The fate and removal of pharmaceuticals during sewage treatment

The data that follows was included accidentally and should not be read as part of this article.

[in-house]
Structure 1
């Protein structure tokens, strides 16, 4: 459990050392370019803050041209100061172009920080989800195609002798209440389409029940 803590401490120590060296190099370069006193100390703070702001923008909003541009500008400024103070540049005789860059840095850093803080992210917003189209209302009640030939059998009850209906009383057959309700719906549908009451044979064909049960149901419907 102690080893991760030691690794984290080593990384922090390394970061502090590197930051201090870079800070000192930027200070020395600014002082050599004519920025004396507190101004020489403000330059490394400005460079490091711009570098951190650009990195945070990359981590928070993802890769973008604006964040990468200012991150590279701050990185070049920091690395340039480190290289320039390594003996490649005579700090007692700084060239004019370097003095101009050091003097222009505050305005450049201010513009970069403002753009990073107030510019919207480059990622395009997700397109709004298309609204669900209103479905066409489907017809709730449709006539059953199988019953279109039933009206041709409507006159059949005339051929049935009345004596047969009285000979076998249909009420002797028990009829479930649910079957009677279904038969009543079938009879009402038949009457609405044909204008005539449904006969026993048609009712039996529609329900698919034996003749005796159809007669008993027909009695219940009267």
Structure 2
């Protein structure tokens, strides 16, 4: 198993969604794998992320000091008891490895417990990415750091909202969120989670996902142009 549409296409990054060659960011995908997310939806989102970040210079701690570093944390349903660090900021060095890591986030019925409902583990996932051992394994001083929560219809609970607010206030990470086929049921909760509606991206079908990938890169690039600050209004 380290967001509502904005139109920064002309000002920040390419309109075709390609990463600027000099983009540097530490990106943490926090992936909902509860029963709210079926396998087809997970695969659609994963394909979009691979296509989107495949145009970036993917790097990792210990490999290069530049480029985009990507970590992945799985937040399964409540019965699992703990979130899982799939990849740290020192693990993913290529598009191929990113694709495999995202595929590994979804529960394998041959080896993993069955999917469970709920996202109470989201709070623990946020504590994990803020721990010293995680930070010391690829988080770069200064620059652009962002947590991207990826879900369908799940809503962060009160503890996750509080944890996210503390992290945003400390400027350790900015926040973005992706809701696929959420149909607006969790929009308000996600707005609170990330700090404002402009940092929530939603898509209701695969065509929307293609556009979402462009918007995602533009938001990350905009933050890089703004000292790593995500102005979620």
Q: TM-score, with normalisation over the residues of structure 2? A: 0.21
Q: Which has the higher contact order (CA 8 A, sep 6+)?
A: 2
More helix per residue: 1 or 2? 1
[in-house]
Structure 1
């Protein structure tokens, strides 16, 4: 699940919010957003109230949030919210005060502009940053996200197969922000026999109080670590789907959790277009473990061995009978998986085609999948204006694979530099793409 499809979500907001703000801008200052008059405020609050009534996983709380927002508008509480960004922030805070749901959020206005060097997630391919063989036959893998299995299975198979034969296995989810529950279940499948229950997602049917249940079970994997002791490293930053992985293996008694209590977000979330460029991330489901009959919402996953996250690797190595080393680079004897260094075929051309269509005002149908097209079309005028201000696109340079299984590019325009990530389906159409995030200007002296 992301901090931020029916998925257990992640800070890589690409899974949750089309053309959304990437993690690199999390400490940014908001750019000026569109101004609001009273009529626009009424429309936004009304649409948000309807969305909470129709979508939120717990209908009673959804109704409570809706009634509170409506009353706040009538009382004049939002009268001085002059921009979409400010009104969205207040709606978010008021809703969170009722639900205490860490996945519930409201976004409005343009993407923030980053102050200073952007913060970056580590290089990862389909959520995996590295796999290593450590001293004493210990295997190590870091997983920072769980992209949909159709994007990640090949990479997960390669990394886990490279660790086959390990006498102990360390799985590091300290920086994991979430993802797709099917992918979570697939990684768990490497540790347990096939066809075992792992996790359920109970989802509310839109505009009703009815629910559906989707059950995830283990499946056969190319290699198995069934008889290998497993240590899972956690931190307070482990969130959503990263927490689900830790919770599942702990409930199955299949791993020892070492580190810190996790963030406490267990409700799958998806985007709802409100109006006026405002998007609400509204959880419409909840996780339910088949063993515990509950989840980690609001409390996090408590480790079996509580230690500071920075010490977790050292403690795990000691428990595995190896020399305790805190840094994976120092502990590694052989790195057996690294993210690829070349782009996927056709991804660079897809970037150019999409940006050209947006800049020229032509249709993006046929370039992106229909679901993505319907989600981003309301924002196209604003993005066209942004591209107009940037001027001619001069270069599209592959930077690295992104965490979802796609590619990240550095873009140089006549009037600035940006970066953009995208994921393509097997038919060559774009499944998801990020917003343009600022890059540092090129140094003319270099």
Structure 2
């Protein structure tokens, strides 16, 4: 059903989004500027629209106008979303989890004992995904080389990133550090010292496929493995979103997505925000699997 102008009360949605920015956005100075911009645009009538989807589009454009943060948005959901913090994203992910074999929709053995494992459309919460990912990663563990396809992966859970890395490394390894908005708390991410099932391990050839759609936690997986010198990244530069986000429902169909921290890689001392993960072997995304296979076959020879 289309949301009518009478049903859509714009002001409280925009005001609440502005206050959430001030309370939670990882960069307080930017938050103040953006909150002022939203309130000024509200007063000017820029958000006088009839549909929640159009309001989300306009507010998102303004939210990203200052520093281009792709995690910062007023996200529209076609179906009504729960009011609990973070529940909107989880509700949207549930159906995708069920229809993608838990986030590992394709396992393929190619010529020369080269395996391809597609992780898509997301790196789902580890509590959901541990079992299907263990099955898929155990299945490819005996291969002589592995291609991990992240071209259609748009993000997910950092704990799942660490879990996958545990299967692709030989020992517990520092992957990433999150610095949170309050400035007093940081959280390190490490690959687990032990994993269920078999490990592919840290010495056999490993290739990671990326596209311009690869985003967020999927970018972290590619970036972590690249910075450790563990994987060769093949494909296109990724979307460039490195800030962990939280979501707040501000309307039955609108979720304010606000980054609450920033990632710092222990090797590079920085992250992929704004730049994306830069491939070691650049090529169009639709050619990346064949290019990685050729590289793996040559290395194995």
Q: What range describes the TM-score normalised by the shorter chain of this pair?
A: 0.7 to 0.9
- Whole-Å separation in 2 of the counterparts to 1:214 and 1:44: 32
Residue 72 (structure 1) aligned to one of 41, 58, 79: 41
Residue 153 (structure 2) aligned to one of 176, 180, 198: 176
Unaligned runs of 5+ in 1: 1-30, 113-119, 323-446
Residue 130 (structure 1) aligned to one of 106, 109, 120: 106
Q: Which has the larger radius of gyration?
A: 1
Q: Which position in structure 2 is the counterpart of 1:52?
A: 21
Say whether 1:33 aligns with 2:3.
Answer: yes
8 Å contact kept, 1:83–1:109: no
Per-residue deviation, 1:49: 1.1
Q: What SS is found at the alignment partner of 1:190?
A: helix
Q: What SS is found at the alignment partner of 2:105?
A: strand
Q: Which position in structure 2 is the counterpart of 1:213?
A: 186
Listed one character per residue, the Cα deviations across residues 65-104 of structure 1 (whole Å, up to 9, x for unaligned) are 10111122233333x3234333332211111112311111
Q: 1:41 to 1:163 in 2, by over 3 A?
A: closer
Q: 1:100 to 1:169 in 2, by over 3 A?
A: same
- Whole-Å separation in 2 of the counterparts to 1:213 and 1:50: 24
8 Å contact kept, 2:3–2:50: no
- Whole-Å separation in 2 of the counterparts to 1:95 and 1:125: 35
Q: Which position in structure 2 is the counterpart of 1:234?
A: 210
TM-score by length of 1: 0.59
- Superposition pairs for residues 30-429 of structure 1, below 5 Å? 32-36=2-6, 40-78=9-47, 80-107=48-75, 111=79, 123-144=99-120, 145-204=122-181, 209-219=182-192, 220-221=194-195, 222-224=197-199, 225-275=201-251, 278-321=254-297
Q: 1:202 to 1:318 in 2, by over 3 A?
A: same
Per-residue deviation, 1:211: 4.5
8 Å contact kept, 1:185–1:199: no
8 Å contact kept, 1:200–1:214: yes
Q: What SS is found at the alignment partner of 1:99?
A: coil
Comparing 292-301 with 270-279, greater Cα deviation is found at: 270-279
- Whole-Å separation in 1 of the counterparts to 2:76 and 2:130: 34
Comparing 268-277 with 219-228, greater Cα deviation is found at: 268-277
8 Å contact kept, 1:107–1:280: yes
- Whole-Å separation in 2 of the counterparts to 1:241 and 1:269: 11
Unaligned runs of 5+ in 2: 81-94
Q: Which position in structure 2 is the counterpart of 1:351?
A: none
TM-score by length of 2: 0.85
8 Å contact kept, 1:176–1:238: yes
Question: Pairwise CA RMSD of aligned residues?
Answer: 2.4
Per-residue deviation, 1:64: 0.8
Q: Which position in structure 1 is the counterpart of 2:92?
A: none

Pharmaceuticals, personal care products and their metabolites are contiuously entering the environment through many route, especially from the effluent of sewage treatment plants. The aim of this work was to examine the fate and removal of pharmaceuticals during sewage treatment, and establish ways in which current sewage treatment technologies could be optimised to improve removal. Based on an analysis of pharmaceutical usage and environmental effects, four compounds were selected for further study (triclosan, tetracycline, carbamazepine, and caffeine). Reliable analytical methods were developed, using HPLC-UV, to detect these compounds in sewage samples. The amounts of removal of the four compounds were quantified using laboratory sorption and biodegradation tests. Both tetracycline and triclosan were shown to be readily biodegradable, and to sorb strongly to biomass, although sorption occurred at different rates. Caffeine degraded rapidly, but did not sorb to biomass, whilst carbamazepine did not sorb or biodegrade. Grab samples were taken before and after every major process unit at four sewage treatment plants (STPs). Although tetracycline was not detected in any samples, triclosan was measured at concentrations up to 5115 ng 1-1, caffeine was measured at concentrations up to 82,300 ng1-1, and carbamazepine was measured at concentrations up to 1461 ng 1-1. This is the first time carbamazepine and caffeine concentrations have been reported in UK sewage. The grab samples showed that a wide range of pharmaceutical effluent concentrations can be enough to cause immediate harm (i.e. death) to aquatic organisms. However, there is insufficient infomation to determine whether exposure to these low concentrations, typically around PNEC levels, may have an effect over a long period of time. Further composite sampling conducted at one STP generated data, modelled using Toxchem+, which demonstrated how variations in a wide range of parameters were correlated with the removal of pharmaceuticals. These showed that whilst sludge age may be the most important parameter, pH, temperature, hydraulic retention time, and chemical oxygen demand could have a critical effect on the removal of pharmaceuticals. Several ways of optimising sewage treatment plants have been proposed, including pH adjustments and longer HRTs to enhance sorption, as well as a novel adaptation to activated sludge tanks incorporating two IFAS type bioreactors to enhance biodegradation. The effects of plant operating events, such as aeration failures, were also investigated. These showed that a typical length of aeration loss (four hours) could result in reduced pharmaceutical removal (through decreases in both sorption and biodegradation) for up to twelve hours. Overall, this work has shown that it may be possible to adapt current sewage treatment technology to improve removal of pharmaceuticals which sorb or biodegrade readily. With further research, these adaptations could become a viable alternatice to tertiary treatment technologies such as ozonation, granular activated carbon, or chlorine dioxide.